Tracing the Community of Comgall across the North Channel: an interdisciplinary investigation of Early Medieval monasteries at Bangor, Applecross, Lismore, and Tiree

McNamara, Carolyn Jeanette (2021) Tracing the Community of Comgall across the North Channel: an interdisciplinary investigation of Early Medieval monasteries at Bangor, Applecross, Lismore, and Tiree. PhD thesis, University of Glasgow.

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Abstract

This research project places the North Channel at the centre of an active and peopled seascape. Rather than viewing the foundations around its rim as peripheral in relation to more inland centres of power and modern understanding, the goal is to place the North Channel Zone at the centre of an active and connected region. Although modern scholarship widely accepts the existence of an ecclesiastical Community based around Columba and his foundation of Iona, and Dalriadan holdings on both sides of the North Channel, there has been less scholarship surrounding the idea of a North Channel seascape awash in the movement of peoples and community structures.

In order to examine this idea more fully, a case study approach is employed on another proposed Community of monasteries linked by the sea: those related to, or potentially related to, St Comgall and his main monastery at Bangor. The main question asked focuses on whether a Community of Comgall wider than the monastery of Bangor itself existed between the sixth to eleventh centuries. This inquiry is made by selecting specific sites in the west of Scotland: Applecross and the islands of Lismore and Tiree, and undertaking an interdisciplinary analysis of the sites, including textual, art historical, archaeological, and toponymic evidence along with a general phenomenological approach. A chapter is devoted to each site in turn.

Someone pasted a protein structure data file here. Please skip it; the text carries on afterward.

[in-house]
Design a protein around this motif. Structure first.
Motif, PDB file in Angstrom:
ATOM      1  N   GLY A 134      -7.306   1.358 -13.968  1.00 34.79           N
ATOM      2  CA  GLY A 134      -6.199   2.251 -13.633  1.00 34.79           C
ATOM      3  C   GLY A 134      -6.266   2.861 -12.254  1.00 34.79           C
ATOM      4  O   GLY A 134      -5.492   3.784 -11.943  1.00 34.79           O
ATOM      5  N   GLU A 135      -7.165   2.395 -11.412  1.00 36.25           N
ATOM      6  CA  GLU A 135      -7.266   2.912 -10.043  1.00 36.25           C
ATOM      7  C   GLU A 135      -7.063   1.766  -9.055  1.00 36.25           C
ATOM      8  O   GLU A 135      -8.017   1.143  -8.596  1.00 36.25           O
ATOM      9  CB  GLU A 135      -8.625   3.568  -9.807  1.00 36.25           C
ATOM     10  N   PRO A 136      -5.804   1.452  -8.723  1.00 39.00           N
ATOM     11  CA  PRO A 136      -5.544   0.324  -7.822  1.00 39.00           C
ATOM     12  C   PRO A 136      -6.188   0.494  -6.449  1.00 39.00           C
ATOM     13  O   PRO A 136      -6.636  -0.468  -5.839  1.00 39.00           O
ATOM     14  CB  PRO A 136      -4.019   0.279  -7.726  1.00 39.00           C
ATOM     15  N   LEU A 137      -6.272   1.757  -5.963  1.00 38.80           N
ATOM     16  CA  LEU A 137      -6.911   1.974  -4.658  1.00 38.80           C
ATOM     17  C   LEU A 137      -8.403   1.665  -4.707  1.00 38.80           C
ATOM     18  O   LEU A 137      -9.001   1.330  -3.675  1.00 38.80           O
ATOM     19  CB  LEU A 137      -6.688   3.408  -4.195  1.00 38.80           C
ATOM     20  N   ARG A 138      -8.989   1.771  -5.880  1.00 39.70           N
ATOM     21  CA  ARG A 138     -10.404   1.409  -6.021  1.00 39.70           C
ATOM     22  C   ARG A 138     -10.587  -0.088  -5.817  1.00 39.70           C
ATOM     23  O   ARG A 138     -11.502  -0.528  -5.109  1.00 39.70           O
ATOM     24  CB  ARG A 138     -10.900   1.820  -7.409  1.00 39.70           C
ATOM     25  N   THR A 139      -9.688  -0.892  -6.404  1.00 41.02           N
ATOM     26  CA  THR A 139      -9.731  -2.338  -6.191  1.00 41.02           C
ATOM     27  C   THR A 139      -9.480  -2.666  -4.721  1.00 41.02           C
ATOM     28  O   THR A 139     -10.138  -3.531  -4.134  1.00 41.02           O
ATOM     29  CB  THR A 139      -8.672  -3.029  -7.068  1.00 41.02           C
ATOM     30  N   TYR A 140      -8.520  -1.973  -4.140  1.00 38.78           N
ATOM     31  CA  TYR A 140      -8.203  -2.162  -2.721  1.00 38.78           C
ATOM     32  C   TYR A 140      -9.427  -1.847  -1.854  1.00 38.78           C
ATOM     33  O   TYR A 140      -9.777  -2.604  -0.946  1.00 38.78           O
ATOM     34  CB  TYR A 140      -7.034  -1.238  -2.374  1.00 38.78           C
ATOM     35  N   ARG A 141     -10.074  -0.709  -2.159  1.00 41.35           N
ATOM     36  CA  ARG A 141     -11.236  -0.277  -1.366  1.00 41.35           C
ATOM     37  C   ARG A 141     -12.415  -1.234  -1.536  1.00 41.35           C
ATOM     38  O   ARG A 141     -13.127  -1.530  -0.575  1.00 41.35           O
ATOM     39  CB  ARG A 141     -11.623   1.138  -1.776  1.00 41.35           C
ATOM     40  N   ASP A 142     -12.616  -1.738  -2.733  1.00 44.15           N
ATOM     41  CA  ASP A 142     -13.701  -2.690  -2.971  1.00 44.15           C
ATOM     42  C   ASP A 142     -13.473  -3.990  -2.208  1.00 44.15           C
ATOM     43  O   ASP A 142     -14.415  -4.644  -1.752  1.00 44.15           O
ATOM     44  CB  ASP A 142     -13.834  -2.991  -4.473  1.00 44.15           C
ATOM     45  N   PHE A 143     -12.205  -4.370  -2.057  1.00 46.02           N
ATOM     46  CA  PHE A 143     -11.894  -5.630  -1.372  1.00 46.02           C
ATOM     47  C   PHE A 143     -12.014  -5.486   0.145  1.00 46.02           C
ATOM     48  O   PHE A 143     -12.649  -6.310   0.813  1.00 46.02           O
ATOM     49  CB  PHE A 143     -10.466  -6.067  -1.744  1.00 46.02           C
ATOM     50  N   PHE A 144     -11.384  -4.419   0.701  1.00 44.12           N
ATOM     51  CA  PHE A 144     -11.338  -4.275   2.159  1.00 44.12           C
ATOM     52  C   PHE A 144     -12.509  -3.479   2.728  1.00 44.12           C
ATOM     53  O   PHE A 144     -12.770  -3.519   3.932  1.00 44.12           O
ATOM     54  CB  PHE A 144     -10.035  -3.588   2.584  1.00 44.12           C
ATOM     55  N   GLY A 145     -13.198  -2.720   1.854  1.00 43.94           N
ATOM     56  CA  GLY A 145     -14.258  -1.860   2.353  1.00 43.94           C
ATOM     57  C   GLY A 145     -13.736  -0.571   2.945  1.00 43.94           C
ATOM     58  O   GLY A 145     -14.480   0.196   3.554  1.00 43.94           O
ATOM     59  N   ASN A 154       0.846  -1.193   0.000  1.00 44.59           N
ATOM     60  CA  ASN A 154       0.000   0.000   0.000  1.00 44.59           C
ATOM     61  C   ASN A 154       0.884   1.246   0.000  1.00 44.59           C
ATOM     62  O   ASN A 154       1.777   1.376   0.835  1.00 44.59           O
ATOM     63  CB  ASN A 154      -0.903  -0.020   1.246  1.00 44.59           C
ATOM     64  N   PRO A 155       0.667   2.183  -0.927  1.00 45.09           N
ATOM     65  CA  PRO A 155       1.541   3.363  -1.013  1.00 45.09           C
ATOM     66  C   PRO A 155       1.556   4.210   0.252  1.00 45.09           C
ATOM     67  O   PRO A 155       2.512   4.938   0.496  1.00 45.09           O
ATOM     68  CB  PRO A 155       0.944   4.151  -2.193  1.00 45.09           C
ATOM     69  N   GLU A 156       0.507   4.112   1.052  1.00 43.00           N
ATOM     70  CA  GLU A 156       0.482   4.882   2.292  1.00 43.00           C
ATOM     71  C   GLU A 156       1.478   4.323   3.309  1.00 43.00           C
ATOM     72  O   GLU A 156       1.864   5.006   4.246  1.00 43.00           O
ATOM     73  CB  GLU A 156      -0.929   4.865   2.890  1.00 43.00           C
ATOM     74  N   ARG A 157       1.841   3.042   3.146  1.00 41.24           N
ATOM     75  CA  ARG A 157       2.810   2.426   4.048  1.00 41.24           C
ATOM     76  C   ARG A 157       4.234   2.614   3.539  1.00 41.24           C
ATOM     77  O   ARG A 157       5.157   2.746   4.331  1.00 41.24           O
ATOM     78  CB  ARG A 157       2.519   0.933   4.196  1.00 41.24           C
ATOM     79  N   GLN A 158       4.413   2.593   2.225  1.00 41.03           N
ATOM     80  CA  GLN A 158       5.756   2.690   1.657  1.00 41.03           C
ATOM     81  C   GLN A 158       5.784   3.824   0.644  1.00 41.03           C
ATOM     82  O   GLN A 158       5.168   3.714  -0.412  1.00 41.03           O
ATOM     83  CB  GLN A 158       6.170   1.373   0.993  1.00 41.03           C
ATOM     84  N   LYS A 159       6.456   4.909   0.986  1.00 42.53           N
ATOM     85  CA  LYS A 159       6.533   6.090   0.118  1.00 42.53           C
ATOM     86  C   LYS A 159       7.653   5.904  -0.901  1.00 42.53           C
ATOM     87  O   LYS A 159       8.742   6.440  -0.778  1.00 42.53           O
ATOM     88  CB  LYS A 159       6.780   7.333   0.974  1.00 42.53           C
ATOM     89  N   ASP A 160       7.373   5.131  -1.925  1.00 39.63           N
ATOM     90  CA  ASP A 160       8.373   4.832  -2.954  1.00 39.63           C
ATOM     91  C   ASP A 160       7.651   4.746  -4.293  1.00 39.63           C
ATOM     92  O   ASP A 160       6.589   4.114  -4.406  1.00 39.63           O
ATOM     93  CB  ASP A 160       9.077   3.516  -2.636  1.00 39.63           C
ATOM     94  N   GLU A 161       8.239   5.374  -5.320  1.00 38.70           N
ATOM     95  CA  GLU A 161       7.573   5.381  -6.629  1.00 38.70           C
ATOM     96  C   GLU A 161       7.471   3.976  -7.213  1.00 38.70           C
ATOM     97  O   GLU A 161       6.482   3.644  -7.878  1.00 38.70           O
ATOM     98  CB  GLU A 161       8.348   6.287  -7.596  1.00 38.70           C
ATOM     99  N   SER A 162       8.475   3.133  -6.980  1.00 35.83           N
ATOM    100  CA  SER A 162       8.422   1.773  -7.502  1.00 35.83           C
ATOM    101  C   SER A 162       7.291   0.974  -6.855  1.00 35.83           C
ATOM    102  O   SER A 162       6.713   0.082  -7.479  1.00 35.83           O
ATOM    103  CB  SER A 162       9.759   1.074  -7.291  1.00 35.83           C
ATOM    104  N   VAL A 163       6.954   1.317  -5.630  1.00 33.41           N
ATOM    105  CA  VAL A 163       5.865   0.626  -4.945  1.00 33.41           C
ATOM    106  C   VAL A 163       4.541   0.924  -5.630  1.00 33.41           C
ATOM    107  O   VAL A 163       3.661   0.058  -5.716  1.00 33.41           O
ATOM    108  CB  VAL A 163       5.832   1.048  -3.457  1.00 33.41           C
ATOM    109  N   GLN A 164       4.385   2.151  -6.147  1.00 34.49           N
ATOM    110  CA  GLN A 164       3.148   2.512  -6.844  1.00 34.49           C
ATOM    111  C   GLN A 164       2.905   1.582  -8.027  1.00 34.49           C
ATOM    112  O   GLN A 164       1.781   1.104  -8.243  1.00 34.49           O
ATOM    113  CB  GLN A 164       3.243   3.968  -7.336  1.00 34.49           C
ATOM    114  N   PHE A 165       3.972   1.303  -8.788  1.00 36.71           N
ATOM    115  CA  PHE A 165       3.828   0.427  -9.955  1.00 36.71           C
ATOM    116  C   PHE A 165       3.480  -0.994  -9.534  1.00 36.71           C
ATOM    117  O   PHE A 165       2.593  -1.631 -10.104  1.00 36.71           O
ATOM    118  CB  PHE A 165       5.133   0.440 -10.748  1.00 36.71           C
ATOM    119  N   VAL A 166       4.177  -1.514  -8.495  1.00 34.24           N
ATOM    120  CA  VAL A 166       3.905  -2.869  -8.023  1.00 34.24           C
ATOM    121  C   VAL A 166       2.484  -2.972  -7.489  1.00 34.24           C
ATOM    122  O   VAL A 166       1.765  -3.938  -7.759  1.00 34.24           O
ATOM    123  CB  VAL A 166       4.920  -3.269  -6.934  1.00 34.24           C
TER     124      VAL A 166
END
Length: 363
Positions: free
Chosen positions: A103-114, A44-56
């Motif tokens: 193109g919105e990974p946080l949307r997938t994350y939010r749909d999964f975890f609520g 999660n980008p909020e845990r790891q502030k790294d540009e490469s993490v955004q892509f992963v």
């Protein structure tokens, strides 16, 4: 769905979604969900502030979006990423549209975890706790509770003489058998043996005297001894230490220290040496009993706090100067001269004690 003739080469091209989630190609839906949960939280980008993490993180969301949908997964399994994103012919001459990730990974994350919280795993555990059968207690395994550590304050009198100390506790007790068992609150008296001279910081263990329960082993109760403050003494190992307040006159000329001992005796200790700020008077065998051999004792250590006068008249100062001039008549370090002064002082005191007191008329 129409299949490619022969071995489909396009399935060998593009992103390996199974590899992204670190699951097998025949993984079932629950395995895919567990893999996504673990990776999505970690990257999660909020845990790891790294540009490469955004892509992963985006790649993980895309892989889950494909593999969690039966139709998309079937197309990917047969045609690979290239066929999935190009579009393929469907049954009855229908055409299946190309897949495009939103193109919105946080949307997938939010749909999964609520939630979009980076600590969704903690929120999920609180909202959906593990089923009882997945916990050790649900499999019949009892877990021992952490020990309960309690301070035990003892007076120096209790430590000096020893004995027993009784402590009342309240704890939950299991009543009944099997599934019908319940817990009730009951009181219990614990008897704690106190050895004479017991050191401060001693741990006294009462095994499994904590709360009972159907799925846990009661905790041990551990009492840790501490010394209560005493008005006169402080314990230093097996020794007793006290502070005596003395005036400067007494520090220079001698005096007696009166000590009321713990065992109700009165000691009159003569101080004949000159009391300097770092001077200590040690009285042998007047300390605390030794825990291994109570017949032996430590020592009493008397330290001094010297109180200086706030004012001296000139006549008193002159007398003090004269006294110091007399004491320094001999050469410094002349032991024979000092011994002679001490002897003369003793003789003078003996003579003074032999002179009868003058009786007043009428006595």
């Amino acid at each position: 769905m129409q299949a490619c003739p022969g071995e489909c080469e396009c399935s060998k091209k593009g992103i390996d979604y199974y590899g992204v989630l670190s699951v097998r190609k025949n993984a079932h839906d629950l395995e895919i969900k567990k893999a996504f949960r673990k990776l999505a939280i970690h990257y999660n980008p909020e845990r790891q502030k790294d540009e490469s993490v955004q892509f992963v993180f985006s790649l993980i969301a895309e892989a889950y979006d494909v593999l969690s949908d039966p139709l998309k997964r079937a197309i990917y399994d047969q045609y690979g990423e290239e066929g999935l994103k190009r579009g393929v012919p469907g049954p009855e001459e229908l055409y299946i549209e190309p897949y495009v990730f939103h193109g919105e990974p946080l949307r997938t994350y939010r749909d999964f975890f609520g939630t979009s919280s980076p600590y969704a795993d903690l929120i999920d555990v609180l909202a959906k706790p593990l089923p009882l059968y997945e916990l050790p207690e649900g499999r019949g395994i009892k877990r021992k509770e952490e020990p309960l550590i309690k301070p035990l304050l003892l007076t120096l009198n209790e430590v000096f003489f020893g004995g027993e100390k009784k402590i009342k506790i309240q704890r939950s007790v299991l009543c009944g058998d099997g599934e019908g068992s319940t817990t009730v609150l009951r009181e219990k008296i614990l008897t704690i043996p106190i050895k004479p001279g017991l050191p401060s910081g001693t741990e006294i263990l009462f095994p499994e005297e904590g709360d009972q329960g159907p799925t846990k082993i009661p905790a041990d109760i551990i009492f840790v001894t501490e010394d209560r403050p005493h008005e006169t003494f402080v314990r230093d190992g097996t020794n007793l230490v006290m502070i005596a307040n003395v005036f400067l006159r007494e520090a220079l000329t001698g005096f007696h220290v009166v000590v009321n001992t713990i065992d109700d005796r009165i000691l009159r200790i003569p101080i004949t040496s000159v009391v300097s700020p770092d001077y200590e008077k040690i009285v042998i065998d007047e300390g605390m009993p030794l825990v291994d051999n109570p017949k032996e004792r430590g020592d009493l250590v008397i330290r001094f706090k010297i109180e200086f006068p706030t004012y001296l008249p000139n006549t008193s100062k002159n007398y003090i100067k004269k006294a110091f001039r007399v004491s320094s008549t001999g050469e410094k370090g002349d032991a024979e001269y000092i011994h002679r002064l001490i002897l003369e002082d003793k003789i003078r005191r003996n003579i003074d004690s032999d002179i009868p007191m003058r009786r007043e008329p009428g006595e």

The findings indicate that a Community of Comgall is discernible. Additionally, the importance and influence of Applecross, Lismore, and Tiree within their respective seascapes and landscapes are highlighted by the available evidence. The influence and importance of additional ecclesiastical foundations in the west of Scotland, especially those with connections to the Community of Comgall based at Bangor in Ireland, is brought into clearer focus. This allows a fuller understanding of the movement of people and ideas between the west of Scotland and north of Ireland in the early medieval period.

Item Type: Thesis (PhD)
Qualification Level: Doctoral
Keywords: early medieval, monastic, landscape, seascape, networks, interdisciplinary, insular, Ireland, Scotland, history, archaeology, art history, saints, cross slabs, crosses.
Subjects: D History General and Old World > D History (General)
D History General and Old World > D History (General) > D111 Medieval History
D History General and Old World > DA Great Britain
Colleges/Schools: College of Arts > School of Humanities > Celtic and Gaelic
Supervisor's Name: Thomas, Professor Clancy and Katherine, Professor Forsyth
Date of Award: 2021
Depositing User: Ms Carolyn J. McNamara
Unique ID: glathesis:2021-82061
Copyright: Copyright of this thesis is held by the author.
Date Deposited: 15 Apr 2021 15:38
Last Modified: 15 Apr 2021 15:49
Thesis DOI: 10.5525/gla.thesis.82061
URI: http://theses.gla.ac.uk/id/eprint/82061

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